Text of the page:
Worse, the US could launch attacks against Russia not just from Europe but from the Middle East and Asia as well. For example, Sakalin Island is indefensible in this scenario. That loss causes a 25% loss in oil production for the Soviets.
                      The Red Airforce in 1945 is at best equipped with obsolesent aircraft. They have no strategic bomber force. Their medium force is primarily equipped with the Pe 2. Their light bomber is still the Il 2m with a few improved Il 10 in service. In fighters the La 7 and Yak 3 and 9 are the front line machines. They have no nightfighter force to speak of and their air defense systems are primative compared to Western ones.
                      Their army is almost entirely rail dependent for logistics and strategic movement. The much simpler Soviet rail system is also much more vulnerable to a Western bomber campaign than Germany's was.
                      The Red Army never faced the kind of artillery fire the US or British could generate. In counterbattery alone the Soviets are in for a rude shock as their batteries are quickly targetted and silenced. There wouldn't be any of that continual artillery fire so many German sources talk about in discussing the East front. Both the US and British are masters in the field of artillery. Both have radar mortar and shell detection systems in use by 1945 that can back calculate the firing position in minutes or less.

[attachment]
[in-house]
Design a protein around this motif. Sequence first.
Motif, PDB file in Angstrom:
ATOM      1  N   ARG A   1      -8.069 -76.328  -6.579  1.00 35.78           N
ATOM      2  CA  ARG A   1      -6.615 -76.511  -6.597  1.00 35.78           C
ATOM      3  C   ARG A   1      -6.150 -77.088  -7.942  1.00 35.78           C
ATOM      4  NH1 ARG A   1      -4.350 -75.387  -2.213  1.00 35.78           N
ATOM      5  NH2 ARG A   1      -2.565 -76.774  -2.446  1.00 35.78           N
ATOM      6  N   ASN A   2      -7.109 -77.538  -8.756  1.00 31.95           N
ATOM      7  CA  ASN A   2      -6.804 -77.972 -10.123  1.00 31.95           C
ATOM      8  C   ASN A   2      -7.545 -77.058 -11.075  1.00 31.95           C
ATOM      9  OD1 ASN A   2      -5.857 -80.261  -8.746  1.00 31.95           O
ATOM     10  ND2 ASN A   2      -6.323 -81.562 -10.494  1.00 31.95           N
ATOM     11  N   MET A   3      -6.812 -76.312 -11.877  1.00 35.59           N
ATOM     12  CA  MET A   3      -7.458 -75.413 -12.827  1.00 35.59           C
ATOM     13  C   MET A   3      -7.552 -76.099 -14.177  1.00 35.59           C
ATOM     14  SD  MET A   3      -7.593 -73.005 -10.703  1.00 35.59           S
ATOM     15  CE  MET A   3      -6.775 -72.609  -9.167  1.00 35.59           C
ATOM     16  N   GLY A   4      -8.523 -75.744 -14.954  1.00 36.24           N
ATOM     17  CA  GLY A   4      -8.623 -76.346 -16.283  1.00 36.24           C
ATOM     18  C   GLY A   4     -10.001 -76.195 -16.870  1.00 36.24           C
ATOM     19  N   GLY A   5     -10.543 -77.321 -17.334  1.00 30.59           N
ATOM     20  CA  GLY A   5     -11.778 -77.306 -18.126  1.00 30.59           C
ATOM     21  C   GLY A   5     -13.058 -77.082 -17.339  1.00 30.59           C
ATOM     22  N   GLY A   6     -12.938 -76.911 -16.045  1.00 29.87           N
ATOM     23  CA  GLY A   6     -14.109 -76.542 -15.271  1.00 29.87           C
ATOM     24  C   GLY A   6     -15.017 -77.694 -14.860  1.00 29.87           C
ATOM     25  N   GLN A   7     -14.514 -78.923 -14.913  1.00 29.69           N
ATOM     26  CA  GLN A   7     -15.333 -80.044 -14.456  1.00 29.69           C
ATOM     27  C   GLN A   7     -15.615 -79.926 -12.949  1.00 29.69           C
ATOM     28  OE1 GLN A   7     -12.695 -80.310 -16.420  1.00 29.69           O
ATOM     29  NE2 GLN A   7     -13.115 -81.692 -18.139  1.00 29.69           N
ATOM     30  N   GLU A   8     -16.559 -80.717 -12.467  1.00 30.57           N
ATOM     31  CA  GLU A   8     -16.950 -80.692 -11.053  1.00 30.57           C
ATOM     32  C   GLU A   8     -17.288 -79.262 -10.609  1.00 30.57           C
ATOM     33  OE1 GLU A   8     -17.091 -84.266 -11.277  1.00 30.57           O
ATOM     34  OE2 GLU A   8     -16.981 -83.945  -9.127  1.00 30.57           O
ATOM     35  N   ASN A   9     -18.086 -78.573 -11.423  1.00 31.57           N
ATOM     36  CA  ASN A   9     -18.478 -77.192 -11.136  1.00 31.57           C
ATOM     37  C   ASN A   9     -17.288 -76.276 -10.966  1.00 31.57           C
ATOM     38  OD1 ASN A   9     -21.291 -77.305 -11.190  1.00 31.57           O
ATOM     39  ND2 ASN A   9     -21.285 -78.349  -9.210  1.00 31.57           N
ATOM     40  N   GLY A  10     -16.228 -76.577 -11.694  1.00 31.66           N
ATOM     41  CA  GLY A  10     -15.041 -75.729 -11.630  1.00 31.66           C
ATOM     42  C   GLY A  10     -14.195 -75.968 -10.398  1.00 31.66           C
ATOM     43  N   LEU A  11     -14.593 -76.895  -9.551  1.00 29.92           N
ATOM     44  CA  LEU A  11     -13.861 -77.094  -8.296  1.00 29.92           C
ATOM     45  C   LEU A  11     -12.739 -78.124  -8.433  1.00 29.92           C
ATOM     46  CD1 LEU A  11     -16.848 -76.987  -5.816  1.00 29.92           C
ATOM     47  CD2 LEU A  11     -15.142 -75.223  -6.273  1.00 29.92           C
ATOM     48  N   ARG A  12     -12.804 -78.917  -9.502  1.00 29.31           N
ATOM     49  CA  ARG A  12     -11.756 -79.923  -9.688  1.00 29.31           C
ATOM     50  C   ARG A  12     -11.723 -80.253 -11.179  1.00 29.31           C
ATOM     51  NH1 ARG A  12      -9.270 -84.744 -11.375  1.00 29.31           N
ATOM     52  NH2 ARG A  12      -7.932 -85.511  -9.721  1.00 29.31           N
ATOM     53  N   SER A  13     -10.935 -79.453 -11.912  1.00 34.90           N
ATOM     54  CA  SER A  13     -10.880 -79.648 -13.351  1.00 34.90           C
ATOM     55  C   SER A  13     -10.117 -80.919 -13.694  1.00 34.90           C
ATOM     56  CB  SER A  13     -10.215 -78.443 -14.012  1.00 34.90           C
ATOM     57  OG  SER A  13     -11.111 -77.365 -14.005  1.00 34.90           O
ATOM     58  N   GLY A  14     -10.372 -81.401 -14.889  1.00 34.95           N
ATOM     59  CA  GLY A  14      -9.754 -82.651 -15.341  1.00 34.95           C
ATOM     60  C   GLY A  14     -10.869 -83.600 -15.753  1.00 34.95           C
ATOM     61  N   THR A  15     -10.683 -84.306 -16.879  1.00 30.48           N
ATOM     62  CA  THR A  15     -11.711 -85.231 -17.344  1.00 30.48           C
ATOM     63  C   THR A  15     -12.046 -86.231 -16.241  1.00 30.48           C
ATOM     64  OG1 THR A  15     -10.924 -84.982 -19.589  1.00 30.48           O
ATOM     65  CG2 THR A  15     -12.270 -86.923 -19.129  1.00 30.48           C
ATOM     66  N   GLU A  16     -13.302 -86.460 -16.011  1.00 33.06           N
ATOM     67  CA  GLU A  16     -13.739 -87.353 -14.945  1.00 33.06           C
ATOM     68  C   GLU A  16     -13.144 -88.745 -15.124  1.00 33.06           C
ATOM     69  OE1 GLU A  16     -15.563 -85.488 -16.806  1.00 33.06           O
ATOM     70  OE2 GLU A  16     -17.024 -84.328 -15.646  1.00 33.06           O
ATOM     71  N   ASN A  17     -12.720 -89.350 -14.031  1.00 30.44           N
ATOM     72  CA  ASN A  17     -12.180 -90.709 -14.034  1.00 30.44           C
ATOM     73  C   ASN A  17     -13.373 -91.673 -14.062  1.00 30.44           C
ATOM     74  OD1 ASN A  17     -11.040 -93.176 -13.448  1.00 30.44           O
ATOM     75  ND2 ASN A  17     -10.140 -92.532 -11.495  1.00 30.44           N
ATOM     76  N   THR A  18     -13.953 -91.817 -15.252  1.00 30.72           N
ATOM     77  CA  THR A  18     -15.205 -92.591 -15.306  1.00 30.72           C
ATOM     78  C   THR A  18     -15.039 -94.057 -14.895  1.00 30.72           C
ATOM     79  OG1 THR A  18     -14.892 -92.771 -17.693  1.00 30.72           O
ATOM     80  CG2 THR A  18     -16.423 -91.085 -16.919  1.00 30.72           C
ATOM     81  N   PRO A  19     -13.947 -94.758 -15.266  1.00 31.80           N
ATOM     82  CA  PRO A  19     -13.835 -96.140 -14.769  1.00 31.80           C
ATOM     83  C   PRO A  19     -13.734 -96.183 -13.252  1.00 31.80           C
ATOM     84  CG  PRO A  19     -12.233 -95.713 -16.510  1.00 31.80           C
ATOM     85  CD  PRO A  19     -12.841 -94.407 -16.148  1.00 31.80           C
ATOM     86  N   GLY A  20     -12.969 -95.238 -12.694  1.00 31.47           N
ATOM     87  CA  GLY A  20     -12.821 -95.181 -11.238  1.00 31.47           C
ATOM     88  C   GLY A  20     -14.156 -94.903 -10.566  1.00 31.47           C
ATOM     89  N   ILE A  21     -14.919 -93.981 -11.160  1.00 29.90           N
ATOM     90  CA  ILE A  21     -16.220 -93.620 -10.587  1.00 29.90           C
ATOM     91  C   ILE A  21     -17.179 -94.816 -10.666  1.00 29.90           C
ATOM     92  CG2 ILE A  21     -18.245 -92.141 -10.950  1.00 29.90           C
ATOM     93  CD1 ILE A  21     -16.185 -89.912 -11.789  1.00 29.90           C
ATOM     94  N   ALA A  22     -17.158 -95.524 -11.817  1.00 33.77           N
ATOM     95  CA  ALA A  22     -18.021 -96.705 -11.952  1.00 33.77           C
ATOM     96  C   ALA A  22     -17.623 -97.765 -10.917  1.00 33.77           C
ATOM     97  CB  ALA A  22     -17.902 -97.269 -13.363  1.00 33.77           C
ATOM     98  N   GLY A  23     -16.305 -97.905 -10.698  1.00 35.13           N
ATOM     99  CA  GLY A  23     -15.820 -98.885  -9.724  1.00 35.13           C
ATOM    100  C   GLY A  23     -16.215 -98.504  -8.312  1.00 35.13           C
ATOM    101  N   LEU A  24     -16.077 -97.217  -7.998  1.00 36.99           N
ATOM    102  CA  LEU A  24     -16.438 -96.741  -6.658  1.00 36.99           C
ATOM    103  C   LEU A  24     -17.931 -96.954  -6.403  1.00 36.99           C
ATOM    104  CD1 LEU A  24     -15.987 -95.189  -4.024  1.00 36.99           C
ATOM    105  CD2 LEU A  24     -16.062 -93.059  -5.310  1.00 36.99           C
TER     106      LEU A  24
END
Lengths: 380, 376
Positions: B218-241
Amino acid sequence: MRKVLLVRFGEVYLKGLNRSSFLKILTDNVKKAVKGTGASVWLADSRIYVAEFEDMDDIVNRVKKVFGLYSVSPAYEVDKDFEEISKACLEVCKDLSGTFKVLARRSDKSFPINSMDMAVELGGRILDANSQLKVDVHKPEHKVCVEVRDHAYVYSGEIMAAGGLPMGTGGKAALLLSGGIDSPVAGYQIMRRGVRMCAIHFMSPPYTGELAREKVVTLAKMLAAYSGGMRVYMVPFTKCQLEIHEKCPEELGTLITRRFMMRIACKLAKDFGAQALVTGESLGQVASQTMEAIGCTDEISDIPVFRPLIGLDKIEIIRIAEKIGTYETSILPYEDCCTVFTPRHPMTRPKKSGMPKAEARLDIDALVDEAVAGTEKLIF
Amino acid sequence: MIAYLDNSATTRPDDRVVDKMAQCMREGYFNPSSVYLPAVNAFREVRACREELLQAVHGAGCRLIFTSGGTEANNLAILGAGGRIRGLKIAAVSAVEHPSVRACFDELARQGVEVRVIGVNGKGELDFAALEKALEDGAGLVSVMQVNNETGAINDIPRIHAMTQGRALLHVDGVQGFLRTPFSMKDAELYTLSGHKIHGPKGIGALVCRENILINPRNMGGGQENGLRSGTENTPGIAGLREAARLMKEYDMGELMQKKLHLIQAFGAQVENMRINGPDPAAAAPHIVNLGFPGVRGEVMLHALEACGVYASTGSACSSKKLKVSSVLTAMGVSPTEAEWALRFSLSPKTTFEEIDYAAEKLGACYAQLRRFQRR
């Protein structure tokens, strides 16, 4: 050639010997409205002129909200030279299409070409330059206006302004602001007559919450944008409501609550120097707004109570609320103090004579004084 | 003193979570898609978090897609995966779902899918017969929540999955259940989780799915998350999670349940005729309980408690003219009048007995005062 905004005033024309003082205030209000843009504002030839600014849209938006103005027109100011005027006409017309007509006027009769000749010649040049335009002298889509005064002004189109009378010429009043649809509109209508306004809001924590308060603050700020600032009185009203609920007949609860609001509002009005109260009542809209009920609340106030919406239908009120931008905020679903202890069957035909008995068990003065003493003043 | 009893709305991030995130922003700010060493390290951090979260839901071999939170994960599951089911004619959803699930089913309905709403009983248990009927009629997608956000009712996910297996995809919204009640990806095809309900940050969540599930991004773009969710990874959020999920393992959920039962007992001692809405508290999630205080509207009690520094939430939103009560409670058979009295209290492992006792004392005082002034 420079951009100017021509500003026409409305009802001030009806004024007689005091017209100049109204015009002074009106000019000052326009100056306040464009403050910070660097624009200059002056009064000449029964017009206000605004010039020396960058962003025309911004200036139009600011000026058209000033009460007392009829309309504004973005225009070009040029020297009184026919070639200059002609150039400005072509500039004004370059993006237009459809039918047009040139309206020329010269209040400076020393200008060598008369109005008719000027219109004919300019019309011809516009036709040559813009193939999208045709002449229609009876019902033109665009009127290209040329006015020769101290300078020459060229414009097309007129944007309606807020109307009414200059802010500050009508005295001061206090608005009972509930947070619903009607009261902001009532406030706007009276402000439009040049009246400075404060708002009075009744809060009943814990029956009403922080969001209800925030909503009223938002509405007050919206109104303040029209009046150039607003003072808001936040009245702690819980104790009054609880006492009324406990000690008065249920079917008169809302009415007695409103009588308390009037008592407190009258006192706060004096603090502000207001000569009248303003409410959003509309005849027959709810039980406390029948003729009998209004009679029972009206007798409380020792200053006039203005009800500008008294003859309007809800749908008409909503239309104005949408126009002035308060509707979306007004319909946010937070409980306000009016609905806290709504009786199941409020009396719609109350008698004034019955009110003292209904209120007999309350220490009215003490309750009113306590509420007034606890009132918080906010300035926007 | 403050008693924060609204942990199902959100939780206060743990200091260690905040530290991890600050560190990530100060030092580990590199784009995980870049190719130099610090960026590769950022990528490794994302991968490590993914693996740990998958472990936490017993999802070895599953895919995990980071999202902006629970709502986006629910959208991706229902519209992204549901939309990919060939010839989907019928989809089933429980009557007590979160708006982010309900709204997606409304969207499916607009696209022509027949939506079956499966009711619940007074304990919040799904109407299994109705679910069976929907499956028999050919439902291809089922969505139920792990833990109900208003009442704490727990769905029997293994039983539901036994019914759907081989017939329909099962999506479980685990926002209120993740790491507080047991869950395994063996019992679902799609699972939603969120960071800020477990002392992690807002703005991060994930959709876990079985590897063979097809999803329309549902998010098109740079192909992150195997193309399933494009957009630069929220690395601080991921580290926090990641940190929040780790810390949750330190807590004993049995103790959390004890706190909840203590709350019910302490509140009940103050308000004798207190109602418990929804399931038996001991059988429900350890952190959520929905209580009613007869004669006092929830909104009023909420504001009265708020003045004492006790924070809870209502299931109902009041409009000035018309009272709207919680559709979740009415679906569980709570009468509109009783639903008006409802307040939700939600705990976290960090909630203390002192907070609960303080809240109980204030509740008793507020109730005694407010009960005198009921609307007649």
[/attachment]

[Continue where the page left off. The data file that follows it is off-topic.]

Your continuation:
I would say that a Red Star - White Star war in 1945 would begin with the Soviets finding themselves pushed back about 300 miles into Eastern Europe and their armies largely in disarray. The loss of Sakalin Island and the destruction of the Siberian rail system strand their armies there so they cannot pull a "1941" miracle and reinforce the West.
                      At this point the Western Armies find they need a break to regroup and move supplies forward. Giving the Soviets a bit of respite except for the partisan activity now directed against them in Eastern Europe. Many of their impressed Eastern European (Poles, Czechs etc.) and Belorussian and Ukranian troops desert to the West.
                      Whether the French jump in or not is irrelevant, although I suspect some componets of their army would have done so regardless.

                      The Soviets would have been hit.